Chongqing skyline at night

Creative Globetrotter in China, Ni Hao Chongqing

I’m on the road again. China. It is a totally different experience from last year’s. Last year I kept going, this year I will be staying put. Last year was about taking, this year is about giving back.

For the next couple of months, I will be a guest teacher within MIADA, the Modern International Arts & Design Academy at the Chongqing Technology & Business University (CTBU). I will be teaching Art, Design and Advertising to all student years (1st, 2nd, 3rd and 4th/graduation students). It is humbling, it is inspiring, and it is badass…

The Campus almost feels like an enclave, a small village inside the larger community of 23 million people in Chongqing. Roughly 40,000 people study at the CTBU, some of them within the MIADA. One of the main selling points of the University towards its students is its international guest teacher program that I am now part of. The MIADA also offers classes in Visual Communication, Graphic Design, Fashion, yeah, nice, whatever, but most importantly, it offers my favorite class: Advertising

To make sure I don’t have to rely on the three words of Chinese I know so far, I armed myself with translators for my classes, and Hubert. Hubert has been showing me around campus and will be my contact person during my stay. So, it will be very important to stay friends with this guy, even through the hot flashes caused by the meal choices he recommended so far.

My first week on campus has flown by and I realized within the first few days that the teaching experience will be mutual. It is so incredibly interesting to be exposed to the educational system inside a culture that is so different from my own, a culture that even stands out in general, on the cultural world map.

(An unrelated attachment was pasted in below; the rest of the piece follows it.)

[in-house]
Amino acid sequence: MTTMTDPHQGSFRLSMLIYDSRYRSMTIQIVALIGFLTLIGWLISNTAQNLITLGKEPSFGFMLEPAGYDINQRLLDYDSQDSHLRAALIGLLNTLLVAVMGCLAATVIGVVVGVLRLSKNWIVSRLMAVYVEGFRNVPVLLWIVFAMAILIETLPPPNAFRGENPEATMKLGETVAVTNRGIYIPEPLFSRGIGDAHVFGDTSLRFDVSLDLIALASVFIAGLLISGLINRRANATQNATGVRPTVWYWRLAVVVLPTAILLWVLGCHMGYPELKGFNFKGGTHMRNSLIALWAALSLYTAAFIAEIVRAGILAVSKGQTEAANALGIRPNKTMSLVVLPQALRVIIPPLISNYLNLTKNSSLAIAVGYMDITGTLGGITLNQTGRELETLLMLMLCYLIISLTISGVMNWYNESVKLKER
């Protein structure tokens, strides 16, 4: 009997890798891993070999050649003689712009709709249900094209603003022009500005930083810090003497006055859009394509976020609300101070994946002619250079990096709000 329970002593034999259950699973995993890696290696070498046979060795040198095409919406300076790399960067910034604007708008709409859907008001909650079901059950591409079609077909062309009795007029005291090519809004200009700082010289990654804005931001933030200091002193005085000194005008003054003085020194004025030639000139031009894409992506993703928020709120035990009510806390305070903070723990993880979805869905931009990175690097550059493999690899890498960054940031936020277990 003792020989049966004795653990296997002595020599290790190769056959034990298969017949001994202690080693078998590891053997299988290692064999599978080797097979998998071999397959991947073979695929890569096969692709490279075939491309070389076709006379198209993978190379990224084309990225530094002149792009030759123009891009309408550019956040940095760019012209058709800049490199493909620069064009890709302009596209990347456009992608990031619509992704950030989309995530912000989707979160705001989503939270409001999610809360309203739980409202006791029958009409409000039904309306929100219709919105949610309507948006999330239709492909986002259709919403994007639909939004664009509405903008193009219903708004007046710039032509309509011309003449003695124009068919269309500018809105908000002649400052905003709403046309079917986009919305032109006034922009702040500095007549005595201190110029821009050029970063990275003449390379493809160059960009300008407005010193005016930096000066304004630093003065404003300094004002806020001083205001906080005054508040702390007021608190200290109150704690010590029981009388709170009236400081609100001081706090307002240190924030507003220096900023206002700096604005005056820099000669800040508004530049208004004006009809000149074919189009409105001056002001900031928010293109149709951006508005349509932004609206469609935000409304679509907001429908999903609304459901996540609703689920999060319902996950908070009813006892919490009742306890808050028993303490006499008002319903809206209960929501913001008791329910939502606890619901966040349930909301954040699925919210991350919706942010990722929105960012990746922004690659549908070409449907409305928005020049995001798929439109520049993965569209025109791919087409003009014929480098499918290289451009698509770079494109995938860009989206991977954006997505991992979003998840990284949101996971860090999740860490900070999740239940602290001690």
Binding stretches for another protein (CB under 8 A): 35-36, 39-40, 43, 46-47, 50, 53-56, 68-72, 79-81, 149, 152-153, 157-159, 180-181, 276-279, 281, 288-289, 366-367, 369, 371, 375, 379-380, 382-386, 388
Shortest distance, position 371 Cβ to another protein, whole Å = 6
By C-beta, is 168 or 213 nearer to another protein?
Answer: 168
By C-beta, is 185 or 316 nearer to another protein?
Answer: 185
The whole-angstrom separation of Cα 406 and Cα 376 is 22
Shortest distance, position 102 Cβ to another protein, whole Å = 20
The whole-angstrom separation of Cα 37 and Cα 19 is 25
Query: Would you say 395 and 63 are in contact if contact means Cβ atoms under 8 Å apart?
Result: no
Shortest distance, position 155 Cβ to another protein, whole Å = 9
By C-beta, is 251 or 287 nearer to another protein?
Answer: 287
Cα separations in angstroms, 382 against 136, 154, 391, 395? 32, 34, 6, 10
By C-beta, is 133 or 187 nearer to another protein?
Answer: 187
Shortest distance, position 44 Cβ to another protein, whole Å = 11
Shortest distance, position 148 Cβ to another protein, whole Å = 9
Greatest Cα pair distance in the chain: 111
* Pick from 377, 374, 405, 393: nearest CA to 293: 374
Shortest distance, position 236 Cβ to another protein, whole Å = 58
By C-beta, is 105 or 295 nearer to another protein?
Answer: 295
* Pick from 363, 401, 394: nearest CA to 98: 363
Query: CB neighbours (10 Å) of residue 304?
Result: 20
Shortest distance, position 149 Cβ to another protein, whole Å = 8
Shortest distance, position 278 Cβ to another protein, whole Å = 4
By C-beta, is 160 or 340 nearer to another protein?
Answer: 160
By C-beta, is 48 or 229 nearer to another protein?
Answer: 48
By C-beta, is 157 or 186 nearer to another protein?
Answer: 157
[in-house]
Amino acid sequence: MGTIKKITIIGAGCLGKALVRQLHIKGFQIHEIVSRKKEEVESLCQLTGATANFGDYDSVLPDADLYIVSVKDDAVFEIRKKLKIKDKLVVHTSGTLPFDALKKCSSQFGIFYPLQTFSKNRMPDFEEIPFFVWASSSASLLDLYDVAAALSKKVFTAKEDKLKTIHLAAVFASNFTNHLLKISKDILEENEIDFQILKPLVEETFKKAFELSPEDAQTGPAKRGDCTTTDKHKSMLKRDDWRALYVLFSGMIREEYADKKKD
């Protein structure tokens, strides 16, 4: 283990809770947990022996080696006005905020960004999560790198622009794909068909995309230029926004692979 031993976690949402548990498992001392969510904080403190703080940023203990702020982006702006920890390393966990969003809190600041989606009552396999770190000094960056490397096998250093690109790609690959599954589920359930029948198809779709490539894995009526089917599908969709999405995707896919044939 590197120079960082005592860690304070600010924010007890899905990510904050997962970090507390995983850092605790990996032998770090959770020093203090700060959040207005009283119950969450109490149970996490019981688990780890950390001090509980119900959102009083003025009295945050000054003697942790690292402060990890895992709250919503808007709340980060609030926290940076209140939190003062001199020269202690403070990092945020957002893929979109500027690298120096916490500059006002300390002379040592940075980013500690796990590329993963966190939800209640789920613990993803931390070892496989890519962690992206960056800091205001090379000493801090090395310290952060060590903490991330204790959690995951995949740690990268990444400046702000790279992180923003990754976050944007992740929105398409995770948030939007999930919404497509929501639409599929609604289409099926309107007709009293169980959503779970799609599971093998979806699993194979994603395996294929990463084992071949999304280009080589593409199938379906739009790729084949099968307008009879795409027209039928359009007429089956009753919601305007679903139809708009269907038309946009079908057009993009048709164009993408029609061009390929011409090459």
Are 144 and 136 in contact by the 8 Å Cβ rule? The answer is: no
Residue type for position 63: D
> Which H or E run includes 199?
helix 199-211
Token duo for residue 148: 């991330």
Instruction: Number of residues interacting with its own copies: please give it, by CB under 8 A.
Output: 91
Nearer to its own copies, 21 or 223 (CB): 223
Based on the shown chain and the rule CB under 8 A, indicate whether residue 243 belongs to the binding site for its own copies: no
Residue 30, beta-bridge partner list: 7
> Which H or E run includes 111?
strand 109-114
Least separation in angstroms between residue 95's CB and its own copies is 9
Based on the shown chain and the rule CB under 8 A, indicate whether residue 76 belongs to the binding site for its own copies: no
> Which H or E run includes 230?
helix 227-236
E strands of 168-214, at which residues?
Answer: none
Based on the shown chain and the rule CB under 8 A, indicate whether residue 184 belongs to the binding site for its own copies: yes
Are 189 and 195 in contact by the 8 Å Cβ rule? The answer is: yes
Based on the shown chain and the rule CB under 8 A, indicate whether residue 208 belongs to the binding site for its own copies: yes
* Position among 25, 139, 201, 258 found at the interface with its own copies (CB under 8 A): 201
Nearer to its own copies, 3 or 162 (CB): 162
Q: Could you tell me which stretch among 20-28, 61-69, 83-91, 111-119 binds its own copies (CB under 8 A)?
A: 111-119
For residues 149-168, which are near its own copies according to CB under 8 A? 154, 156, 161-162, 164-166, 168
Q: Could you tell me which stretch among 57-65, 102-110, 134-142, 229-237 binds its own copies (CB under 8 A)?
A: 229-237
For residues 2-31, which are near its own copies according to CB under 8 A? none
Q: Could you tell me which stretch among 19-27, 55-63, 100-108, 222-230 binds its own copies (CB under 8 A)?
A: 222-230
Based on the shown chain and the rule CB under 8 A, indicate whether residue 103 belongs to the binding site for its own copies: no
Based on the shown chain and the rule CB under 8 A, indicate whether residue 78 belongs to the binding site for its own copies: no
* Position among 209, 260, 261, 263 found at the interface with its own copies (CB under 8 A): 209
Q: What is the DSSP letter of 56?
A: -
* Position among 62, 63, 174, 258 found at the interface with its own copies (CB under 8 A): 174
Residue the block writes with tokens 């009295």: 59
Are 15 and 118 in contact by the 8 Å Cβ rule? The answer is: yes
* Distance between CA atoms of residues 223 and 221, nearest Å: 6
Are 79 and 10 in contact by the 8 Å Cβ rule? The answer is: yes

There is arguably a significant difference in the academic level between the Asian countries and European ones, but that is hugely compensated for with the enthusiasm and willingness to learn that the students here all show.

Teachers are greeted with a collective “ZaoShanghao/Good morning” when entering the class and students are taught to stand up when spoken to. The respect that students have for their teachers is tangible. This fascinates and worries me at the same time. Discipline and drive are good treats to have, separately, but when your drive is to be disciplined, you will not get far in Advertising.

However, my worldwide backpacking experience gave me enough insights to factor in the cultural differences into my syllabus. I came well prepared but, to be honest, I will eventually act on my feeling based on my day to day experience on campus. And that is – in a nutshell – what I would like to teach my students as well: that you have to learn the rules and then completely forget them, and create from within you. And do your research, because it would be a shame if you think you came up with something genius, just to discover somebody else already thought of it.

On Monday, I gave everyone the assignment to make as many versions of a logo as possible, as opposed to working on the same version for hours on end. Students are open to the new experience, and I like that. We energize each other. We dialogue. We will get to the point where we will openly question and challenge each other. Maybe in Chinese! (I will start my language course on Monday).

It’s exciting.

Stay tuned to find out not if but when I will get into trouble for my unruly teaching manners, and if I will survive my next extreme attempt at Chinese cuisine.

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